Alex Williams 11:46
You know, you sold you sold your company that you started this company Farsight. And it's basically about a lot of the work that you did at the at the ISC. How was to go from that various standards oriented work that you're doing to developing a company with Farsight? And what were kind of like your goals and intentions in doing that? And what did you see resulting from that when you have to use all that?
Paul Vixie 12:12
Well, I think whenever you take some intellectual property out of a nonprofit, and commercialize it, there is fear in the community, that you've somehow stolen this and that you're inappropriately monetizing something that the community helped you develop. That was not true. When I moved to Farsight, when I started Farsight, and pulled some intellectual property out of my previous company, the which by now was the internet systems Consortium. It was because we were stuck. We were delivering DNS, or excuse me delivering security through DNS, as well as we could as a nonprofit. And we were going to need funding and growth and a large customer base if we were going to solve the real problem. And, you know, to our credit, we paid for the intellectual property that we received. And that helped ISC produce more versions of bind and so forth. So everybody won from that deal.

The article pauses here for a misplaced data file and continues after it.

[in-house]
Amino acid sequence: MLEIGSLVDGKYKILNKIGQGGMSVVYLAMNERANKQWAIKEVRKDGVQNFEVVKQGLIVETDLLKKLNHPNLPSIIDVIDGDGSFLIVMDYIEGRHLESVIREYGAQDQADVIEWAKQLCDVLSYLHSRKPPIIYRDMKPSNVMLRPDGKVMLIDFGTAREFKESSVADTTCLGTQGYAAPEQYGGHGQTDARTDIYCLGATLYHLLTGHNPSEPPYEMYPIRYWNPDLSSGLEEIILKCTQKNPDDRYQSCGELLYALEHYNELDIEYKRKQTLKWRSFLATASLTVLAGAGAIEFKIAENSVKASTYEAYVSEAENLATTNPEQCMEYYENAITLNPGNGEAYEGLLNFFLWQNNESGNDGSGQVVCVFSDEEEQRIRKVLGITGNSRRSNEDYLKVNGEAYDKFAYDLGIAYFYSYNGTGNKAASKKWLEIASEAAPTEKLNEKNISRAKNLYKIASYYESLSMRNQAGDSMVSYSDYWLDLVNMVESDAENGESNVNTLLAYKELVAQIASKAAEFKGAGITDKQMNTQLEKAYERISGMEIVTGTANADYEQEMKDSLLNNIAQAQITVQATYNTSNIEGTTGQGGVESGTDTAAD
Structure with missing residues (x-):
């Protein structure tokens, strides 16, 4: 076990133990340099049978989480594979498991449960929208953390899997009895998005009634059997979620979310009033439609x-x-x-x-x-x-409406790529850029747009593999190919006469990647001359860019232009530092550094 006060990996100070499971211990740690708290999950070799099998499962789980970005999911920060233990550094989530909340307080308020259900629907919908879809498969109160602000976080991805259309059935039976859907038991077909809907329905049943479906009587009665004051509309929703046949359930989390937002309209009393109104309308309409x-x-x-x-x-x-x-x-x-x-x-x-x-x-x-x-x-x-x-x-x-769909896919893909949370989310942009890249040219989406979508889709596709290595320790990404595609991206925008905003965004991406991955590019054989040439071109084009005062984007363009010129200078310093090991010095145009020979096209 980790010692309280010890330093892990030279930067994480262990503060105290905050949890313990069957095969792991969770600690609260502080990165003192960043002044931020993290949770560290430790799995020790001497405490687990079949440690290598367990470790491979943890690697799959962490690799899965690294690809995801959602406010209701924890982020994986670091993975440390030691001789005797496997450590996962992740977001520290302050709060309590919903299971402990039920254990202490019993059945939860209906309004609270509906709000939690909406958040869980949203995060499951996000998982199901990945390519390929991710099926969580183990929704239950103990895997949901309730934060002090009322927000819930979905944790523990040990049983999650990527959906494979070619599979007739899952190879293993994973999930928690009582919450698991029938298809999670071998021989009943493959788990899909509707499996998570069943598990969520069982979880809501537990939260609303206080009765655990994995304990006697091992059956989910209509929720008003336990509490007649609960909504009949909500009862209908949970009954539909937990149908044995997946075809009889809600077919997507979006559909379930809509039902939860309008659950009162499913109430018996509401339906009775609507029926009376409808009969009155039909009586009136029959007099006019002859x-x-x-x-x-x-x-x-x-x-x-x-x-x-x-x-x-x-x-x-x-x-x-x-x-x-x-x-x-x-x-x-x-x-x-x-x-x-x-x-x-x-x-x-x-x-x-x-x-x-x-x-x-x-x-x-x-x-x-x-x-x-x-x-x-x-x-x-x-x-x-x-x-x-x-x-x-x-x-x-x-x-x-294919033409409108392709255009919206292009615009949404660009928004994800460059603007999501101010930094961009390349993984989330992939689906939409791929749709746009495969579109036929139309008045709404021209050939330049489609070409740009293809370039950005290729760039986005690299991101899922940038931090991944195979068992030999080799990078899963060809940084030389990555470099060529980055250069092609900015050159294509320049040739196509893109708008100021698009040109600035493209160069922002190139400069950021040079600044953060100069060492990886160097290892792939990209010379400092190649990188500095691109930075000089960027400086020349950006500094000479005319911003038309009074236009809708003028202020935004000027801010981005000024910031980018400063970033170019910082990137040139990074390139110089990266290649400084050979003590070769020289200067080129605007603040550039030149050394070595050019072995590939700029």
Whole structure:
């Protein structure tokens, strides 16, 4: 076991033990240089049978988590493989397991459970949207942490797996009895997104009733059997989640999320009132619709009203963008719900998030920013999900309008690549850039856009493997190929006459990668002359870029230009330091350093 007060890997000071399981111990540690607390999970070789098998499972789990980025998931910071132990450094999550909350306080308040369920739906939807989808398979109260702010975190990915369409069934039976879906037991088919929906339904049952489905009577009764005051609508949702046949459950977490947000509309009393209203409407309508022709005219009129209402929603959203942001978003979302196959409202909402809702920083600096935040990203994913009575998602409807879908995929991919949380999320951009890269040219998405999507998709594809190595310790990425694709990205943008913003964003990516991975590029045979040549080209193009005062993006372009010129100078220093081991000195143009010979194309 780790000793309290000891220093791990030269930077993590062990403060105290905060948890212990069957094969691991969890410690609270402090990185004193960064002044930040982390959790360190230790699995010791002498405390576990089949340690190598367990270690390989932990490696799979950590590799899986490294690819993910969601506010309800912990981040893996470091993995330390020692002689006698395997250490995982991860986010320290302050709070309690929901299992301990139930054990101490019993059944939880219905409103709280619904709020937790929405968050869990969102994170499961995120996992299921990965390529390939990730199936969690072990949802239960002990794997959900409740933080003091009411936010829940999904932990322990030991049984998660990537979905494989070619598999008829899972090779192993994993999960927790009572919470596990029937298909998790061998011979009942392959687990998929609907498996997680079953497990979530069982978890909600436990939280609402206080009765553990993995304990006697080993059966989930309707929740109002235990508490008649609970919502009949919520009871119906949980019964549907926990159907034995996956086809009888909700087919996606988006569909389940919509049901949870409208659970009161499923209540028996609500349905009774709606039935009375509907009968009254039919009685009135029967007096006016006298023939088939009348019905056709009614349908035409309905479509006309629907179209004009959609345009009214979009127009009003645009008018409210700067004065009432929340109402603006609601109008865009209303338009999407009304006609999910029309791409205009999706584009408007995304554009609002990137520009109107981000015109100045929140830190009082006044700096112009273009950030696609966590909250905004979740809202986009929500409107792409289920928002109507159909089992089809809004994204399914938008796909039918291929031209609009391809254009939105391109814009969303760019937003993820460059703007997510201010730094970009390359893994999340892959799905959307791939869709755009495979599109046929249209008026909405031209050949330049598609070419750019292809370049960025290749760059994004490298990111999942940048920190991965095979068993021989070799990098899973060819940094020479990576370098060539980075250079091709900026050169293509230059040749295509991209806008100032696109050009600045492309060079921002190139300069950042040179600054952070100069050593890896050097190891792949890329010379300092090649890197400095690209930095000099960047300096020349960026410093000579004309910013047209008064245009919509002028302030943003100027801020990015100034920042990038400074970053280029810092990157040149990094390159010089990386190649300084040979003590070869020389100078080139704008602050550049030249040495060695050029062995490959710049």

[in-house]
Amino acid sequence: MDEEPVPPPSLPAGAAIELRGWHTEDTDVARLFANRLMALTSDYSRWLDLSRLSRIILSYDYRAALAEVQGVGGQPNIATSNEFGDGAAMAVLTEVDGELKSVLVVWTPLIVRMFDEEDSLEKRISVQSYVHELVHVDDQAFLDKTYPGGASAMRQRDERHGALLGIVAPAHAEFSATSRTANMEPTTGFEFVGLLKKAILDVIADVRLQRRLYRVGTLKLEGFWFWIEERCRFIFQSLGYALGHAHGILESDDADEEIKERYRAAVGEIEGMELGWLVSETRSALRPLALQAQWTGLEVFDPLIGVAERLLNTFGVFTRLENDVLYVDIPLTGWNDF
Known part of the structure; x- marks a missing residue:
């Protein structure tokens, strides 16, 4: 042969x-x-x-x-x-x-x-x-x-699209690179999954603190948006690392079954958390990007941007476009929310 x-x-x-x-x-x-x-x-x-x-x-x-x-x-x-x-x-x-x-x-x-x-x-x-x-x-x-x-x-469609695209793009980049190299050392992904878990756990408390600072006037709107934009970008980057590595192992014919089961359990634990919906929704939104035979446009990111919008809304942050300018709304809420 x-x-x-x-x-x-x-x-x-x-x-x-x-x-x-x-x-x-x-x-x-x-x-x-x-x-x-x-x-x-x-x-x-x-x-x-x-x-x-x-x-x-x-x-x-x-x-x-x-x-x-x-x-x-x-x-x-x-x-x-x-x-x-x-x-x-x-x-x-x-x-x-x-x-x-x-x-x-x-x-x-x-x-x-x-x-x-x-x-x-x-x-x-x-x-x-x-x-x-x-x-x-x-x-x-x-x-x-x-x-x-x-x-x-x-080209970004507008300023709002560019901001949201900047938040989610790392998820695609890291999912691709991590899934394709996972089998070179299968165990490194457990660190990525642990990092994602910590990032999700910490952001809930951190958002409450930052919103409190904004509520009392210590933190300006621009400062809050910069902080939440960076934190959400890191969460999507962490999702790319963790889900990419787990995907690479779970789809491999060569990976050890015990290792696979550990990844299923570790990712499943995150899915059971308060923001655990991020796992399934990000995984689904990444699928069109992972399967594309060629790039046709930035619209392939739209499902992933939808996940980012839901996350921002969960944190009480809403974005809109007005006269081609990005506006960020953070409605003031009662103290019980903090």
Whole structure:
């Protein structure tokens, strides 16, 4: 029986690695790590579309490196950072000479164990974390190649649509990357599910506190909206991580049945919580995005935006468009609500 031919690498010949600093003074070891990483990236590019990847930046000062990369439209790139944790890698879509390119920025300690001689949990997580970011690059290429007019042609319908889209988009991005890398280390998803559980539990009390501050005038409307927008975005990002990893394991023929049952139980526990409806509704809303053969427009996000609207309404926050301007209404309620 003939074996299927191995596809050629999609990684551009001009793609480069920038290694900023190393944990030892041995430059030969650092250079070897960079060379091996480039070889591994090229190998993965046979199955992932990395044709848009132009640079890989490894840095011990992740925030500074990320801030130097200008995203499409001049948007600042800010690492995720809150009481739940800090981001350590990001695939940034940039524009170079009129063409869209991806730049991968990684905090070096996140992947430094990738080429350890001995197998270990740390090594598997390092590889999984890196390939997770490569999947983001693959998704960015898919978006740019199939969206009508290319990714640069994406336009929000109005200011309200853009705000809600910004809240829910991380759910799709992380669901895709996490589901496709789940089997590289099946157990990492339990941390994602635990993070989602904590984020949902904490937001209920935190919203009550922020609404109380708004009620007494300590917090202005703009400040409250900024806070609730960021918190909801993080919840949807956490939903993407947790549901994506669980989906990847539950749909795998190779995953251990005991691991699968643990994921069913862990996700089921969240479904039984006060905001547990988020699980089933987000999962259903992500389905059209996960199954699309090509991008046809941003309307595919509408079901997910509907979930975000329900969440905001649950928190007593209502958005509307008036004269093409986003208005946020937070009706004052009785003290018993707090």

Alex Williams 13:12
You're now that you're with AWS, what's still, what do you think is still needs working on there's probably any number of things but one of the things you said, you know, prior to getting on camera here is that you really have always to think about your focus and your energy, and how you really think about pinpointing issues that really relate to what you believe is the tough problem the problem that needs to be solved. So what are what is on your Mind
Yeah, we'll take a lifetime and more. Right. And so why join AWS then? And what are some of those challenges, you're seeing that open source plays a role in helping resolve
Paul Vixie 15:28
after I sold first add security to domain tools, November of 2021, took a few months off. And I was speaking to the AWS security team. And they said, you know, why don't you come here? And I said, Oh, but I've got this mission, I've got to get to restore human safety to pre internet levels, you know, so I don't know what I'm doing next. But it has to be that. And, you know, what, they looked at that, and they asked me what is now in retrospect, an obvious question, gee, AWS hosts, probably the largest share of the digital economy that you're trying to protect, don't you think you can complete your mission? By working to help secure AWS? The answer is yes. In fact, I feel like I'm gonna get more traction now that I'm able to focus on strategy and technology and not also operate a company right on the side. And so it was a very good win for me, and I hope for them.